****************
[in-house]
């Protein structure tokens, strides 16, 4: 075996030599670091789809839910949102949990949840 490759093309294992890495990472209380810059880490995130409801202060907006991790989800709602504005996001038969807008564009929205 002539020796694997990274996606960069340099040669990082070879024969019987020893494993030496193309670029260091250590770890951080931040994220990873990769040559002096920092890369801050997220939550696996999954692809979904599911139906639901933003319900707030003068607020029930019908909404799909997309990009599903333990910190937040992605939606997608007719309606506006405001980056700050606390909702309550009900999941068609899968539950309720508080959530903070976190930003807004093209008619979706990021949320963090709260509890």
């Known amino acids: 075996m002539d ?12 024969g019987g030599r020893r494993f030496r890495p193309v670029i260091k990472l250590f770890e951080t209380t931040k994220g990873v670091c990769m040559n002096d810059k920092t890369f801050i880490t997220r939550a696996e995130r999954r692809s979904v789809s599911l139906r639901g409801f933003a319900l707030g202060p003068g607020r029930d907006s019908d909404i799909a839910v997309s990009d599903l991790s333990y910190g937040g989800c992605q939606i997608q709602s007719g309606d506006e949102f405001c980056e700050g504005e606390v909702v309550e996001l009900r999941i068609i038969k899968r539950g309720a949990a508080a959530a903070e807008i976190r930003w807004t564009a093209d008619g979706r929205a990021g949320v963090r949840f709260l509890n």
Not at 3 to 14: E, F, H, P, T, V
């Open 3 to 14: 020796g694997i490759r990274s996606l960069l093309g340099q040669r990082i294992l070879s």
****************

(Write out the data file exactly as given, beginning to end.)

[in-house]
């Protein structure tokens, strides 16, 4: 075996030599670091789809839910949102949990949840 490759093309294992890495990472209380810059880490995130409801202060907006991790989800709602504005996001038969807008564009929205 002539020796694997990274996606960069340099040669990082070879024969019987020893494993030496193309670029260091250590770890951080931040994220990873990769040559002096920092890369801050997220939550696996999954692809979904599911139906639901933003319900707030003068607020029930019908909404799909997309990009599903333990910190937040992605939606997608007719309606506006405001980056700050606390909702309550009900999941068609899968539950309720508080959530903070976190930003807004093209008619979706990021949320963090709260509890």
């Known amino acids: 075996m002539d ?12 024969g019987g030599r020893r494993f030496r890495p193309v670029i260091k990472l250590f770890e951080t209380t931040k994220g990873v670091c990769m040559n002096d810059k920092t890369f801050i880490t997220r939550a696996e995130r999954r692809s979904v789809s599911l139906r639901g409801f933003a319900l707030g202060p003068g607020r029930d907006s019908d909404i799909a839910v997309s990009d599903l991790s333990y910190g937040g989800c992605q939606i997608q709602s007719g309606d506006e949102f405001c980056e700050g504005e606390v909702v309550e996001l009900r999941i068609i038969k899968r539950g309720a949990a508080a959530a903070e807008i976190r930003w807004t564009a093209d008619g979706r929205a990021g949320v963090r949840f709260l509890n």
Not at 3 to 14: E, F, H, P, T, V
């Open 3 to 14: 020796g694997i490759r990274s996606l960069l093309g340099q040669r990082i294992l070879s």